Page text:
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HomeMediaColumn JGD | How to fight poverty

Column JGD | How to fight poverty

Column Jacob Gelt Dekker voor Curacao Chronicle | How to fight poverty
Column Jacob Gelt Dekker voor Curacao Chronicle | Almost

Mr. Eugene Rhuggenaath, the new PM of the Island State of Curacao, said that his priority is fighting poverty.

”We will be training the unemployed, so they can eventually work in construction and hospitality.“

Beach Improvement and Maintenance, another governmental program, would also provide some employment for those living near the coast.

All politicians love to decree measures to fight poverty, but do these actions ever work? Will the poor cooperate? Have the poor been waiting for the Government before going to work?

The illusion is that “if pushed, the poor can become self-sufficient through work.“ Unfortunately, this turns out to be a delusion.

The most popular and effective method to fight poverty of any kind is migration. Yearly, millions of people around the world migrate to areas where they expect a better future for themselves and their children.

These poor are mostly economic migrants or refugees, people in a setting of Situational Poverty. Situational Poverty arises when disaster, like an earthquake, a local war, a flood, an epidemic, etcetera, wipes out the economic base of the victims. After the departure of SHELL-refineries on Curacao, in 1986, about 30-40% of the population migrated. Although the statistics vary somewhat depending on classification, at least 85.000 out of 300,000 of the former Netherlands Antilles moved out permanently.

Another strong motivation to migrate is a lack of confidence in local governments and politics, like in 1975, upon the independence of Suriname. More than 50% of the population migrated and settled in another country.

Much more challenging is Generational Poverty (at least two generations, or more, live in poverty).

These people have an infinitesimal chance of succeeding in a new environment after migration, so they will only move if a rich package of social security benefits awaits them. Amongst the Generational Poor, elaborate scams are employed to take advantage of such Welfare Payments. Early pregnancies (14-16 yrs-olds) of single mothers is by far the most popular set-up.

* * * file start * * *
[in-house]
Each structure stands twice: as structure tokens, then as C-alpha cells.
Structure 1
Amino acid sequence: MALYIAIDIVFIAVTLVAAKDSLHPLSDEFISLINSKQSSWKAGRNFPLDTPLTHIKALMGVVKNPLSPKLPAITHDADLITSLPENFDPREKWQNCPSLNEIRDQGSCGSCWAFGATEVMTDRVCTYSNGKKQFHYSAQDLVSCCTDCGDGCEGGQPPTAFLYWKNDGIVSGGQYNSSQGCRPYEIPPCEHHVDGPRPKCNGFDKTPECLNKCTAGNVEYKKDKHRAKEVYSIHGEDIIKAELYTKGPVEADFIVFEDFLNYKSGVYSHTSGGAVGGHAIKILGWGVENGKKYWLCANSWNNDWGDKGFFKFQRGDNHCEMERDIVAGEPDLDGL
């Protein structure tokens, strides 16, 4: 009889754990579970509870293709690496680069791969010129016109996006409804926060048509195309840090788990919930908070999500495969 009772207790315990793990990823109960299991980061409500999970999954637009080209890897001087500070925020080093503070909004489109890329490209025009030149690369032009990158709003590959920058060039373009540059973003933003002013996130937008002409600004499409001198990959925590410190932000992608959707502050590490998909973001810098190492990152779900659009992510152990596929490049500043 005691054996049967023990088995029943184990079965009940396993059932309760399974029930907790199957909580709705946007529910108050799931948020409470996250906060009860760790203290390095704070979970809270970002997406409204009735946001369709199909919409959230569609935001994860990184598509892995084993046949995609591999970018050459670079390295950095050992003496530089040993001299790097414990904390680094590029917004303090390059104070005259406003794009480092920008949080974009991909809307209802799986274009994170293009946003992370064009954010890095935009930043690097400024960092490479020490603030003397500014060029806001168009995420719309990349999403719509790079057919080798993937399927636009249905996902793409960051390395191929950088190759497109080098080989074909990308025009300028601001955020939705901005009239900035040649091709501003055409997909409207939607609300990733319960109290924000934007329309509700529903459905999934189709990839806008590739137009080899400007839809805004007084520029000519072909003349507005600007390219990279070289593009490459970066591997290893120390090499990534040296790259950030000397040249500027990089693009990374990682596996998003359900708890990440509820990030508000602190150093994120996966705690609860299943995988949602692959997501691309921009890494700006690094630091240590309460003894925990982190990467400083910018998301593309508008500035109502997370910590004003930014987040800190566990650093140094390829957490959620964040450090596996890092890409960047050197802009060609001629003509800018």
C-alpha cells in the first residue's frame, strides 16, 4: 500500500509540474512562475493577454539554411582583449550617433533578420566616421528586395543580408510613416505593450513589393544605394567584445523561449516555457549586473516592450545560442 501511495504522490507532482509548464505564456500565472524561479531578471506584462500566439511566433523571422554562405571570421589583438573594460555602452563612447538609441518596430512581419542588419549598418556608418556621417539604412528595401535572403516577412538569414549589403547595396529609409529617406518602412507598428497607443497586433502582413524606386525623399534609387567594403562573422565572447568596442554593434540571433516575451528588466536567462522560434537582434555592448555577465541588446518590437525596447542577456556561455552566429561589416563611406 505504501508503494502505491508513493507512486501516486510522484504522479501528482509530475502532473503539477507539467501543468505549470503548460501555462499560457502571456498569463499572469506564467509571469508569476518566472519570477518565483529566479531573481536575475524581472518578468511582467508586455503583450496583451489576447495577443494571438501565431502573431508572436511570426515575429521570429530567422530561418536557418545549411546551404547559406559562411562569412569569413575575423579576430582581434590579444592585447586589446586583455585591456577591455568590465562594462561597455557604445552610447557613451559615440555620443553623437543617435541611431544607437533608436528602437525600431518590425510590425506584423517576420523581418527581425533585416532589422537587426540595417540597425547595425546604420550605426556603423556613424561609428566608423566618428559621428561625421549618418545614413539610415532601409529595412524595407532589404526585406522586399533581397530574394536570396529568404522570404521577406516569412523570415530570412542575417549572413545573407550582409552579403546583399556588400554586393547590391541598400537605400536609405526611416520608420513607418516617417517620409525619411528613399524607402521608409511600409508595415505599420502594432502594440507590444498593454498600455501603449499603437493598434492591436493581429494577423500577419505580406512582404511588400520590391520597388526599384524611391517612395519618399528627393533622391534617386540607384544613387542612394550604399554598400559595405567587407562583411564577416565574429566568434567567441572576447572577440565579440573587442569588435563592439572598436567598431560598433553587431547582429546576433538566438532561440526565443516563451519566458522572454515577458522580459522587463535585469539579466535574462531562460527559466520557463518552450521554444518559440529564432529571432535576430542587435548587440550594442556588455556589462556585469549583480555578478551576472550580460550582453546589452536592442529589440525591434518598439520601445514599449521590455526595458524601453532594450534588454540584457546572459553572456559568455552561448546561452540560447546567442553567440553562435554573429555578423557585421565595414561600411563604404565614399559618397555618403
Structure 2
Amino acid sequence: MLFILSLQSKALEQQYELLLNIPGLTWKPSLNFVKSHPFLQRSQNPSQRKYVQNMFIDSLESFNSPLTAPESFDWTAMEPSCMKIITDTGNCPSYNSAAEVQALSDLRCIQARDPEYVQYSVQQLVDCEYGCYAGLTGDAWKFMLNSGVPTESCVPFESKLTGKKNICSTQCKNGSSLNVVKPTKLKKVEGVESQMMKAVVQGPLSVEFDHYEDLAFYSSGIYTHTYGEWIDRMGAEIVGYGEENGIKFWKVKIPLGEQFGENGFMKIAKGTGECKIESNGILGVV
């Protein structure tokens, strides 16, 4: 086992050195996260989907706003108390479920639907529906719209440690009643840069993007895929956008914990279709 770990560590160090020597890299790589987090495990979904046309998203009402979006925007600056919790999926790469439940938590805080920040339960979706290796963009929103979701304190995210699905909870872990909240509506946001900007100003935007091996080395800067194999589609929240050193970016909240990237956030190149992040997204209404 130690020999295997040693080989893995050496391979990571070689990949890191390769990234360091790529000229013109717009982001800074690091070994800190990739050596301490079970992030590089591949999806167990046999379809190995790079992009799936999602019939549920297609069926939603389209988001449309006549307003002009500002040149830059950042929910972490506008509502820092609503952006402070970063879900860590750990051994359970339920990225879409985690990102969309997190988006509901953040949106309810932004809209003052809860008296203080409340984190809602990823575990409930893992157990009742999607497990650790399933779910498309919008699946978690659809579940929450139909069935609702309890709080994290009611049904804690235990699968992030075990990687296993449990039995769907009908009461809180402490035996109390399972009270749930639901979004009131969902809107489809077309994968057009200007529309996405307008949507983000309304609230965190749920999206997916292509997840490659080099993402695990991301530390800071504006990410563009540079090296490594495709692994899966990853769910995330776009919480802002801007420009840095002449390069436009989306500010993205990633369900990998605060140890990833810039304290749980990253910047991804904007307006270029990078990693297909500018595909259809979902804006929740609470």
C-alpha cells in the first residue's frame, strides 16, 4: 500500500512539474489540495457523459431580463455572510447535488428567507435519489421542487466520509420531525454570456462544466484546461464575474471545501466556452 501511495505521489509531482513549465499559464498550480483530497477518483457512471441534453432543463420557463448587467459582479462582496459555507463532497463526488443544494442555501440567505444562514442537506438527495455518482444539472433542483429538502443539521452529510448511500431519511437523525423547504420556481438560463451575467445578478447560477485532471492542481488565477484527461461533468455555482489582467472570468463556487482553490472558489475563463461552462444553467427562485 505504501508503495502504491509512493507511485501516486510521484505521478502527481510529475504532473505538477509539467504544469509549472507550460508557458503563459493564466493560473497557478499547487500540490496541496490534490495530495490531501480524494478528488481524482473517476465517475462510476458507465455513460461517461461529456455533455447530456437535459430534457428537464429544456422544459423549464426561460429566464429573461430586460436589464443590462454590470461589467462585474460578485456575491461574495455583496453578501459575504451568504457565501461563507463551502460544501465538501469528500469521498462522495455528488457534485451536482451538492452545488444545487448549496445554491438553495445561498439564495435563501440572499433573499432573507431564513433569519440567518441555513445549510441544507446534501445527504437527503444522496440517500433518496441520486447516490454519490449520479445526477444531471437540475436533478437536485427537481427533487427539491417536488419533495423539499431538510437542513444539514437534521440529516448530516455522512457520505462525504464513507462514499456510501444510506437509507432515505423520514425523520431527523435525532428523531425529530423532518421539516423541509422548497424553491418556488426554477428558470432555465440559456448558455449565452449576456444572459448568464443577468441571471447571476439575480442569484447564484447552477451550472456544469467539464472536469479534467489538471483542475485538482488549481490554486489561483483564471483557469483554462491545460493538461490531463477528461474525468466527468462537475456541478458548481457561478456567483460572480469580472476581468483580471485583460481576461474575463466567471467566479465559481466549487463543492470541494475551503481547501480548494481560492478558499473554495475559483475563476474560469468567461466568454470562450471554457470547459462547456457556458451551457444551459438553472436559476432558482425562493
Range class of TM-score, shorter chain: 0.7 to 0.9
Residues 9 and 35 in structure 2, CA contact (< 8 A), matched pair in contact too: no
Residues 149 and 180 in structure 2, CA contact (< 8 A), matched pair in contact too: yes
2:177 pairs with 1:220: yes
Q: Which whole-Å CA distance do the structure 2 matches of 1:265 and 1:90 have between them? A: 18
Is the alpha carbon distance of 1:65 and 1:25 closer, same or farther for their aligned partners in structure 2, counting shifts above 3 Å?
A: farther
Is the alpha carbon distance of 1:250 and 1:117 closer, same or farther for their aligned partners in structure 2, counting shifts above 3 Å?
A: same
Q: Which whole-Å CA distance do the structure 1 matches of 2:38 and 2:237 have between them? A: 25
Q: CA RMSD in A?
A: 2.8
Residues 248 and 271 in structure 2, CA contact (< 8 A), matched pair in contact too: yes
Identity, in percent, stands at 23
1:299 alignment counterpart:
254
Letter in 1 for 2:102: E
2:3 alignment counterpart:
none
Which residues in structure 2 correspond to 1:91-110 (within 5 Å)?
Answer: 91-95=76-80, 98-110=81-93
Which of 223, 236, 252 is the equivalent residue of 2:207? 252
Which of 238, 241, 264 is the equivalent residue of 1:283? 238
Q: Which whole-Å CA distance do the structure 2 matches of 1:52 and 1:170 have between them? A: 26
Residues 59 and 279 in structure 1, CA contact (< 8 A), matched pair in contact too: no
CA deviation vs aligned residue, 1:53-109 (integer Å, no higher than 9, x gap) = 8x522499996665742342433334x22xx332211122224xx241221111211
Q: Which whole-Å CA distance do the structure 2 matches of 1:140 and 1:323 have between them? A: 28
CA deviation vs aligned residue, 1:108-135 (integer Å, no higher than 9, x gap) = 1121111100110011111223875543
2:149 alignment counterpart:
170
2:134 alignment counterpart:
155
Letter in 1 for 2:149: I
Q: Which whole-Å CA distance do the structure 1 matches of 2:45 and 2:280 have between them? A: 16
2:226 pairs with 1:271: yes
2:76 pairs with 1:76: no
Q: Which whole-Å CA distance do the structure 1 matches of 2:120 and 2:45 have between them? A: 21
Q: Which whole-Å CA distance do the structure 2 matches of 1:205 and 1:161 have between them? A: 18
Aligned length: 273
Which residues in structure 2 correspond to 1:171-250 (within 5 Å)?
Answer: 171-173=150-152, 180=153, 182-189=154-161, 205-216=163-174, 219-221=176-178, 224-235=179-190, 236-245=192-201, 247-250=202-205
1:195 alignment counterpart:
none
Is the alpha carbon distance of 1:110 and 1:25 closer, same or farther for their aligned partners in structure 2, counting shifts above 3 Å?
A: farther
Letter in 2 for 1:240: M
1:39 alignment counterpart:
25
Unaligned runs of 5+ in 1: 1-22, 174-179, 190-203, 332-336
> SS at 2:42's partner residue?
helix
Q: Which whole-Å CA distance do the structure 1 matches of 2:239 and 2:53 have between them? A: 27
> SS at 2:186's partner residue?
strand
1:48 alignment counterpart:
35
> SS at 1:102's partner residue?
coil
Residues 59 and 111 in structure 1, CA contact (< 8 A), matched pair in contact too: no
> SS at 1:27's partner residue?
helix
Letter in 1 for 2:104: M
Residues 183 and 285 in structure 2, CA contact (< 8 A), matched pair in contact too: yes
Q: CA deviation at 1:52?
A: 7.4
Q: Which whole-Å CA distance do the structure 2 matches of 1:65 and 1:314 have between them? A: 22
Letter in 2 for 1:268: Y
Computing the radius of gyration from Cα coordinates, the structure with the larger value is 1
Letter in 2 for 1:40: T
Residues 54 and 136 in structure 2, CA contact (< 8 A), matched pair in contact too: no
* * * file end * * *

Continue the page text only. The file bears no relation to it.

Supposedly, education breaks the cycle of poverty, but most generationally-poor strongly reject education and will also discourage their children to finish school. The Generational Poor will not undertake anything to change their situation since they are convinced that “ for them, it does not work.”

Schooling is interrupted by poor motivation and discipline. Training for local programs is often even sabotaged. Welfare employment projects are often plundered to the point that they are no longer functional (see FEFFIK, a governmental adult training program on Curacao).

Generational Poverty has a culture dominated by anti-intellectualism, present-oriented behavior, fatalism and lack of ambition. Parents in Generational Poverty will raise children with that same culture; both generations end up jobless and poor.

The generationally poor refuse to plan for the future; they live today. All the money they can put their hands on today will be spent today, on consumption, and never on savings for children and education.

So, the Culture of Poverty makes inter-generational transmission of poverty more likely.

Mr. Prime Minister, without changing work ethics, discipline and most of all, breaking the Culture of Poverty of the poor, your “Fighting Poverty Emergency Program” will be just another nice photo-op to benefit politicians and not the poor.

By Jacob Gelt Dekker
Columnist for Curaçao Chronicle

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